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What Is the Difference Between Karate & Kung Fu

by
author image Scott Thompson
Scott Thompson has been writing professionally since 1990, beginning with the "Pequawket Valley News." He is the author of nine published books on topics such as history, martial arts, poetry and fantasy fiction. His work has also appeared in "Talebones" magazine and the "Strange Pleasures" anthology.
What Is the Difference Between Karate & Kung Fu
Karate Photo Credit Stockbyte/Stockbyte/Getty Images

Many people are confused about the terms "karate" and "kung fu," treating them as synonyms or simply not understanding the difference between these systems. Neither term actually refers to a single martial art; both words are blanket terms for a wide variety of distinct styles. Karate traditions go back to the Japanese province of Okinawa, while kung fu systems are Chinese.

Kung Fu

Kung fu is a general term for the many styles of Chinese martial arts, each of which is a distinct system in its own right. For example, Eagle Claw is a completely different fighting style from Taiji Quan, but both of them are kung fu systems because they are both Chinese. Many styles of kung fu are said to have originated at the Shaolin Temple, a Buddhist monastery famous for its warrior monks. Different styles of kung fu often have markedly different fighting methods and strategies.

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Karate

Karate is a term for the indigenous martial arts of the Ryukyu Islands, of which the largest is Okinawa. There are several systems of Okinawan karate, including Shorin-Ryu, Goju-Ryu, Shito-Ryu and others. Okinawa is a region of Japan and has been for several centuries, but the Okinawans have a culture of their own that is distinct from the rest of Japan. Nearby China had a considerable influence on Okinawan culture, and the martial art of Okinawa was originally known as "kari te," a phrase meaning "China hand," or in other words, "Chinese boxing." This phrase was later changed to "kara te" or "empty hand." Even though Okinawan fighting traditions were clearly of Chinese origin, they developed in a different direction over time, and modern karate has a distinctly different look and feel from Chinese kung fu.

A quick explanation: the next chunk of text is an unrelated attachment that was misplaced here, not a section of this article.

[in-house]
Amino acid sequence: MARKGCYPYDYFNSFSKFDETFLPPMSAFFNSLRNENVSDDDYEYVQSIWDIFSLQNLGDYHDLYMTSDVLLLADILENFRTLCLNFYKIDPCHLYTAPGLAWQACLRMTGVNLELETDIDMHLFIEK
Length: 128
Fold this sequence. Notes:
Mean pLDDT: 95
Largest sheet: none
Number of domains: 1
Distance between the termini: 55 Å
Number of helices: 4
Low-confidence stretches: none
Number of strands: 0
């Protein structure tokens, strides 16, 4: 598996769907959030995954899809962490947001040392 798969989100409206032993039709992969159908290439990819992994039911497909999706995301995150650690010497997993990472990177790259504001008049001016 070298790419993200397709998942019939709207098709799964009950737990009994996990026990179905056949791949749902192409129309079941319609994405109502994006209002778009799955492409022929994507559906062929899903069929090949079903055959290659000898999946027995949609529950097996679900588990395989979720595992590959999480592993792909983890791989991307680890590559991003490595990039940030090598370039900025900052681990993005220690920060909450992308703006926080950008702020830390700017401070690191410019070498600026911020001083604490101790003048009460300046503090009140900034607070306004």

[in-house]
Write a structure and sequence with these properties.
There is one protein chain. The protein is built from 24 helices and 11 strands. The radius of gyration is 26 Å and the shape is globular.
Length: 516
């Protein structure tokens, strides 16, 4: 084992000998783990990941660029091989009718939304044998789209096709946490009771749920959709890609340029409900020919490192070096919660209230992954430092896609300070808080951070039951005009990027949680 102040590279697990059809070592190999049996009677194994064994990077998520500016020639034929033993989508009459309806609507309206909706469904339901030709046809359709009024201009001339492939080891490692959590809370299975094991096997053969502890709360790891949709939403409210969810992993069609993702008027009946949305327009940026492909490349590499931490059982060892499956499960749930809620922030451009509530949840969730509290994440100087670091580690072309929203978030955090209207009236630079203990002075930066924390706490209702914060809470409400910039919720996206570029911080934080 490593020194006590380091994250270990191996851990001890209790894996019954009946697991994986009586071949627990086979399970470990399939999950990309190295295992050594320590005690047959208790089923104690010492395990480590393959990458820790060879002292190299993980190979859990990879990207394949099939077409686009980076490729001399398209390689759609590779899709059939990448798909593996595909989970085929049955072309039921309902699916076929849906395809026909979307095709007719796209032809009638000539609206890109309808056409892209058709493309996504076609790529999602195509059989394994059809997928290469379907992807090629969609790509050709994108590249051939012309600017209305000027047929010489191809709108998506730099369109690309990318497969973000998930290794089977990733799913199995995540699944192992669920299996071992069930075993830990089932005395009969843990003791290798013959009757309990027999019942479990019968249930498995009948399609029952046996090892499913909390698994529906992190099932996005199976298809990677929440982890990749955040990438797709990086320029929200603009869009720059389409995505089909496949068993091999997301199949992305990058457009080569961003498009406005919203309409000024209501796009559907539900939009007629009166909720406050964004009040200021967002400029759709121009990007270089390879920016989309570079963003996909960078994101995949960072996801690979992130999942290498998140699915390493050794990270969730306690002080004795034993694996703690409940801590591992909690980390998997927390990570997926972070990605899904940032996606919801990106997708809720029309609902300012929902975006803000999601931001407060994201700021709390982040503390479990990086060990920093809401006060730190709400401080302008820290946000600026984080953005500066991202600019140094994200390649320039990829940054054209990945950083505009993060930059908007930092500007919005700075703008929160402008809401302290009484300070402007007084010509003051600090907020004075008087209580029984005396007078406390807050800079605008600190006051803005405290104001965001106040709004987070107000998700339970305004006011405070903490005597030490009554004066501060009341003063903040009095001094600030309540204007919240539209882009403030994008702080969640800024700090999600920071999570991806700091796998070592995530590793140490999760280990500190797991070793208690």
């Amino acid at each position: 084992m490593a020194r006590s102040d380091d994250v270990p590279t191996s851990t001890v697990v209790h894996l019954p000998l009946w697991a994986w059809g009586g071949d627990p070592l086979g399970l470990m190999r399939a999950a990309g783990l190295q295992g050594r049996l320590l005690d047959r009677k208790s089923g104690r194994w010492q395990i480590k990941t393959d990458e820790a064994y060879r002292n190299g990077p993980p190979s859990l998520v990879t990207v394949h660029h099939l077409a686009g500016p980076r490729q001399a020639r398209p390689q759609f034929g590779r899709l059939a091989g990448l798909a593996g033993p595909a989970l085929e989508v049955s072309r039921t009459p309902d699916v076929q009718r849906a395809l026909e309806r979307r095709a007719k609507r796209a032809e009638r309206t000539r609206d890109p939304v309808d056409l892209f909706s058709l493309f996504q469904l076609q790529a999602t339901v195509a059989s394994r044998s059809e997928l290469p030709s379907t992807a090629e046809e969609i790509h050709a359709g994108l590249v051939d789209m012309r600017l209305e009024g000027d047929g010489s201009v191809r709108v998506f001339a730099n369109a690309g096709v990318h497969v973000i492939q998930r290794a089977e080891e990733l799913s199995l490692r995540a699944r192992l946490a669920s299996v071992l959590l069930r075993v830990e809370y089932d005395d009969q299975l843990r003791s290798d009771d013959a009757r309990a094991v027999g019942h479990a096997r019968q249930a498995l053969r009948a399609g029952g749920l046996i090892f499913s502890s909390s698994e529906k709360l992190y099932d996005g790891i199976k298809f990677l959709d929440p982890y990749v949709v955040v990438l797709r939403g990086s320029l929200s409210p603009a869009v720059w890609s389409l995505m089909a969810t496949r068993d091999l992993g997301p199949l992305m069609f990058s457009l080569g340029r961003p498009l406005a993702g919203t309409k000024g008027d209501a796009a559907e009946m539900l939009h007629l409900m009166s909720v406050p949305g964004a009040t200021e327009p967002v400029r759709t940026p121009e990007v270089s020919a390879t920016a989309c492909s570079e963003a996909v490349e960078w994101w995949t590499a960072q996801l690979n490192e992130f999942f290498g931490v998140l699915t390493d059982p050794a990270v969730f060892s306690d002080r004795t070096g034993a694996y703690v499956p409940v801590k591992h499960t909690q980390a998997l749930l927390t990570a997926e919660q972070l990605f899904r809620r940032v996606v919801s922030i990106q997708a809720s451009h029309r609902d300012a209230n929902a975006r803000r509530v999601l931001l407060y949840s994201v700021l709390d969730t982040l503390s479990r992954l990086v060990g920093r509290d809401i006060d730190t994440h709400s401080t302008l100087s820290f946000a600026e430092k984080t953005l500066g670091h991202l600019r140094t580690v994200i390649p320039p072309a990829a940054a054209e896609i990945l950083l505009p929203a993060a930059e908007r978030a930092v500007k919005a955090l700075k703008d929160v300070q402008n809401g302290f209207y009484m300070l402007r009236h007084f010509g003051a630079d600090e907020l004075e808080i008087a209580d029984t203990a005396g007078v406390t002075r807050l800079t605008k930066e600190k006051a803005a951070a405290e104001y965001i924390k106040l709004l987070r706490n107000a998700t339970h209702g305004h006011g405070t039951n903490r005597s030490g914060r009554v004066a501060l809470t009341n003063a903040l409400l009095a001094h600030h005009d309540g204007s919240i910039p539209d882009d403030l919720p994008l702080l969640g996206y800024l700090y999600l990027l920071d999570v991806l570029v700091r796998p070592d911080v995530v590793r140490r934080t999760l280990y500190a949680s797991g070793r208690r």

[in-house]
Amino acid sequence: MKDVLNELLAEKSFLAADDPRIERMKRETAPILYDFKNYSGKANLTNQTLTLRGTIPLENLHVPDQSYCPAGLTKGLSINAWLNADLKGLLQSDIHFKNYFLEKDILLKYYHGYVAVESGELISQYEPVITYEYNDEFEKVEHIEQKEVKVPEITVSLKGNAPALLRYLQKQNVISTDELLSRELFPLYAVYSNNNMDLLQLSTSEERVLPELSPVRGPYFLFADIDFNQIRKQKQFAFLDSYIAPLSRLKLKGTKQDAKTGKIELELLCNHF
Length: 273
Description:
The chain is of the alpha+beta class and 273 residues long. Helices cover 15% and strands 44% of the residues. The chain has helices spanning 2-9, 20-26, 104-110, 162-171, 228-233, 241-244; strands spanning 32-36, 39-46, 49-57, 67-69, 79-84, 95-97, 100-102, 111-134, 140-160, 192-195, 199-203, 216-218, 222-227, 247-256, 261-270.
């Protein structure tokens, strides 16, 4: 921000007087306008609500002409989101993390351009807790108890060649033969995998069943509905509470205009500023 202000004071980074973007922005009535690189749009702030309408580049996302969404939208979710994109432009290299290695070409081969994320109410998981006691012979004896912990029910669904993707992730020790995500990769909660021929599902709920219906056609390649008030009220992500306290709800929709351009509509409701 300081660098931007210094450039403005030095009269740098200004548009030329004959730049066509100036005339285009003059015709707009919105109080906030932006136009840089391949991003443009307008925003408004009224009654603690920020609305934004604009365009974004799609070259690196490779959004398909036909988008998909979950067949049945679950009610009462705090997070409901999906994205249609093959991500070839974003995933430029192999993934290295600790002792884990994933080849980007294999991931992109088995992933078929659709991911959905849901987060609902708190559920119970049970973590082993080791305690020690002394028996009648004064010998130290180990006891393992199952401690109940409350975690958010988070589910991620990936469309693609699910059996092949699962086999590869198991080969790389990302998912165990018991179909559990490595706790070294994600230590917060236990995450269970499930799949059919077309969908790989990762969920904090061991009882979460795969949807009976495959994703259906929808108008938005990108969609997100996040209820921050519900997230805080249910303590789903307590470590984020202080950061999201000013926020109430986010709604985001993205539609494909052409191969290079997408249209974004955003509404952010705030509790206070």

Differences Between Kung Fu and Karate

Both kung fu and karate styles usually are taught by means of solo exercises in which the practitioner punches, kicks and uses footwork according to the principles of that style. However, the exercises, or "kata," of Okinawan karate look very different from those of kung fu. Kung fu solo sets are often very long and tend to be based on flowing and continuous movement in which one technique leads directly into another without a pause. Karate kata often are shorter, and there are distinct pauses between techniques that can give a performance of karate a rigid appearance in comparison with kung fu.

Hard Versus Soft

Some people think of the difference between kung fu and karate in terms of softness versus hardness. Kung fu techniques tend to use circular movement patterns and emphasize the grace and elegance of the practitioner, while karate techniques tend to move forward with straight lines and hard force, and emphasize the power of the attack. However, it is questionable whether kung fu styles should really be seen as being any softer than karate styes. For one thing, there are so many styles of kung fu that it is difficult to generalize. In addition, the end goal of all fighting methods is to achieve victory over the opponent, so distinctions based on the look of a technique are of limited importance.

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